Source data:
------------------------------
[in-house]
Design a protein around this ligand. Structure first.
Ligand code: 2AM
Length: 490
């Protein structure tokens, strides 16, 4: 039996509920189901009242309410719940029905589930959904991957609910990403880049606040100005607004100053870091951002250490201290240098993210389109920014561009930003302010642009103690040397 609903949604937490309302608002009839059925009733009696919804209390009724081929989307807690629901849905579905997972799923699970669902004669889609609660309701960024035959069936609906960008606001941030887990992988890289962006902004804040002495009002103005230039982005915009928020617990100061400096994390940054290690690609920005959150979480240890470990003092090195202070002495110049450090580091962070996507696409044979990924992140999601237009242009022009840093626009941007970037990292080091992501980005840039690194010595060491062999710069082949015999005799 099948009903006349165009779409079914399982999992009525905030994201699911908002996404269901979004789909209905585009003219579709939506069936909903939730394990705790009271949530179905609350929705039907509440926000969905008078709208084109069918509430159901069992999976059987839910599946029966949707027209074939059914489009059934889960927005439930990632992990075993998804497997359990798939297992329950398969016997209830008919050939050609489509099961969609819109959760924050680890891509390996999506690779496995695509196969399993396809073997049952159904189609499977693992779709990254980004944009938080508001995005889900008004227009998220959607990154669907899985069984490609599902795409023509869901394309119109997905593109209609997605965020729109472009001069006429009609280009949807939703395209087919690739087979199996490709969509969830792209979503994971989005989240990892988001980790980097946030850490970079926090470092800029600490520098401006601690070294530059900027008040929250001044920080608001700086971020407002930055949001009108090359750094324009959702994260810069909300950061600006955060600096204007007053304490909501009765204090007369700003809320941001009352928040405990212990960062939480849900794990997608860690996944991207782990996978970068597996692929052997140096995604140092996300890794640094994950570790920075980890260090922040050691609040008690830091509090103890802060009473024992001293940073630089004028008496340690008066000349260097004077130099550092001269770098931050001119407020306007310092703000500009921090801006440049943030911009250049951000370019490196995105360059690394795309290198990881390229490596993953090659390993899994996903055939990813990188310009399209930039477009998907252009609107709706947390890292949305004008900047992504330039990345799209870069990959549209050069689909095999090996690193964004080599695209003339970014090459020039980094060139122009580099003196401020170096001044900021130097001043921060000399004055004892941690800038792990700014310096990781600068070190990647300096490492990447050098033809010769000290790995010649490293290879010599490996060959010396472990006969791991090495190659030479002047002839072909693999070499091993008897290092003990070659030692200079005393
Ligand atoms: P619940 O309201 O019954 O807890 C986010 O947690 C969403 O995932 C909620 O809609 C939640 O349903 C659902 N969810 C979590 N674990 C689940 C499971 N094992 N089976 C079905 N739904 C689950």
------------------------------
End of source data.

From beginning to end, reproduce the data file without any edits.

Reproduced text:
[in-house]
Design a protein around this ligand. Structure first.
Ligand code: 2AM
Length: 490
């Protein structure tokens, strides 16, 4: 039996509920189901009242309410719940029905589930959904991957609910990403880049606040100005607004100053870091951002250490201290240098993210389109920014561009930003302010642009103690040397 609903949604937490309302608002009839059925009733009696919804209390009724081929989307807690629901849905579905997972799923699970669902004669889609609660309701960024035959069936609906960008606001941030887990992988890289962006902004804040002495009002103005230039982005915009928020617990100061400096994390940054290690690609920005959150979480240890470990003092090195202070002495110049450090580091962070996507696409044979990924992140999601237009242009022009840093626009941007970037990292080091992501980005840039690194010595060491062999710069082949015999005799 099948009903006349165009779409079914399982999992009525905030994201699911908002996404269901979004789909209905585009003219579709939506069936909903939730394990705790009271949530179905609350929705039907509440926000969905008078709208084109069918509430159901069992999976059987839910599946029966949707027209074939059914489009059934889960927005439930990632992990075993998804497997359990798939297992329950398969016997209830008919050939050609489509099961969609819109959760924050680890891509390996999506690779496995695509196969399993396809073997049952159904189609499977693992779709990254980004944009938080508001995005889900008004227009998220959607990154669907899985069984490609599902795409023509869901394309119109997905593109209609997605965020729109472009001069006429009609280009949807939703395209087919690739087979199996490709969509969830792209979503994971989005989240990892988001980790980097946030850490970079926090470092800029600490520098401006601690070294530059900027008040929250001044920080608001700086971020407002930055949001009108090359750094324009959702994260810069909300950061600006955060600096204007007053304490909501009765204090007369700003809320941001009352928040405990212990960062939480849900794990997608860690996944991207782990996978970068597996692929052997140096995604140092996300890794640094994950570790920075980890260090922040050691609040008690830091509090103890802060009473024992001293940073630089004028008496340690008066000349260097004077130099550092001269770098931050001119407020306007310092703000500009921090801006440049943030911009250049951000370019490196995105360059690394795309290198990881390229490596993953090659390993899994996903055939990813990188310009399209930039477009998907252009609107709706947390890292949305004008900047992504330039990345799209870069990959549209050069689909095999090996690193964004080599695209003339970014090459020039980094060139122009580099003196401020170096001044900021130097001043921060000399004055004892941690800038792990700014310096990781600068070190990647300096490492990447050098033809010769000290790995010649490293290879010599490996060959010396472990006969791991090495190659030479002047002839072909693999070499091993008897290092003990070659030692200079005393
Ligand atoms: P619940 O309201 O019954 O807890 C986010 O947690 C969403 O995932 C909620 O809609 C939640 O349903 C659902 N969810 C979590 N674990 C689940 C499971 N094992 N089976 C079905 N739904 C689950």